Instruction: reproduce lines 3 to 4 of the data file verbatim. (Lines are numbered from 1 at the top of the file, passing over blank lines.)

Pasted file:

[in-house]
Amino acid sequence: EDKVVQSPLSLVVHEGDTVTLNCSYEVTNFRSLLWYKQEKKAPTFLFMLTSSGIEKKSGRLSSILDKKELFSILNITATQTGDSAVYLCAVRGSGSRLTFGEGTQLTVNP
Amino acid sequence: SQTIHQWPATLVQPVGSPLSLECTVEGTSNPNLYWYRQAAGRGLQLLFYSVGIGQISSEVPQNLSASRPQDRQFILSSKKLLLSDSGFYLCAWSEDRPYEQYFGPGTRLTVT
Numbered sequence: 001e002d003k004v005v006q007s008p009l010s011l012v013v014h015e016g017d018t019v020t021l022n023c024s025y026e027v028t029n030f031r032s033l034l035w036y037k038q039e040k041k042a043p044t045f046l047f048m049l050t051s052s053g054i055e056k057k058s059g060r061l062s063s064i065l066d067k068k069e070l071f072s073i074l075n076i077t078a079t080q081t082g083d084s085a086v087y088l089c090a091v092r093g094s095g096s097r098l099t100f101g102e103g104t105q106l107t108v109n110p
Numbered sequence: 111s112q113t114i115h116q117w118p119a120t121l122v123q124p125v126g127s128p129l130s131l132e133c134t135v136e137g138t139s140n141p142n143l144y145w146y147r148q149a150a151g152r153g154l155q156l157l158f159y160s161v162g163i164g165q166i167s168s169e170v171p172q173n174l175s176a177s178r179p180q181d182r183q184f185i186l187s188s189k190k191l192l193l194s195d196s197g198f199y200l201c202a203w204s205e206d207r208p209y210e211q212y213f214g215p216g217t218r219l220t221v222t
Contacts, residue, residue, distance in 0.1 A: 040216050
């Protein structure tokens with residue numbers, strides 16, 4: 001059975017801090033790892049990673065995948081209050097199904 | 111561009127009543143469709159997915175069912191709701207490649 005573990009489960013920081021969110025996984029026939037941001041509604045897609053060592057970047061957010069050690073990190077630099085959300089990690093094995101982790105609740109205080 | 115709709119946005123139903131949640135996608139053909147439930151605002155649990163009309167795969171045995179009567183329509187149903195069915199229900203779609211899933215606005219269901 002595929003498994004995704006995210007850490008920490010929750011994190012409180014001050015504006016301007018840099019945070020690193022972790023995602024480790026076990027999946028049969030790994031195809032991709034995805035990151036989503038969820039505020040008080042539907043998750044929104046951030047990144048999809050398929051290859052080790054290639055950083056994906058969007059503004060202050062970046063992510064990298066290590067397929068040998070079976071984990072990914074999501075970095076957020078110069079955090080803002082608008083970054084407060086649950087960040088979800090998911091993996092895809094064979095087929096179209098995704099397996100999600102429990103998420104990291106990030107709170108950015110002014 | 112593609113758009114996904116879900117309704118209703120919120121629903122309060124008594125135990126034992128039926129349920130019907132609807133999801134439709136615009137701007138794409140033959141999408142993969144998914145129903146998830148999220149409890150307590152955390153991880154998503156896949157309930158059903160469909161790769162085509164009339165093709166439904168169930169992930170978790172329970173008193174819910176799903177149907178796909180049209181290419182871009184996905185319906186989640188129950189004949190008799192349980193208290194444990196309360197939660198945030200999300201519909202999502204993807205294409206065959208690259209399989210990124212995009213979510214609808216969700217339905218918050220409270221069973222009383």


Amino acid sequence: SQTIHQWPATLVQPVGSPLSLECTVEGTSNPNLYWYRQAAGRGLQLLFYSVGIGQISSEVPQNLSASRPQDRQFILSSKKLLLSDSGFYLCAWSEDRPYEQYFGPGTRLTVT
Numbered sequence: 001e002d003k004v005v006q007s008p009l010s011l012v013v014h015e016g017d018t019v020t021l022n023c024s025y026e027v028t029n030f031r032s033l034l035w036y037k038q039e040k041k042a043p044t045f046l047f048m049l050t051s052s053g054i055e056k057k058s059g060r061l062s063s064i065l066d067k068k069e070l071f072s073i074l075n076i077t078a079t080q081t082g083d084s085a086v087y088l089c090a091v092r093g094s095g096s097r098l099t100f101g102e103g104t105q106l107t108v109n110p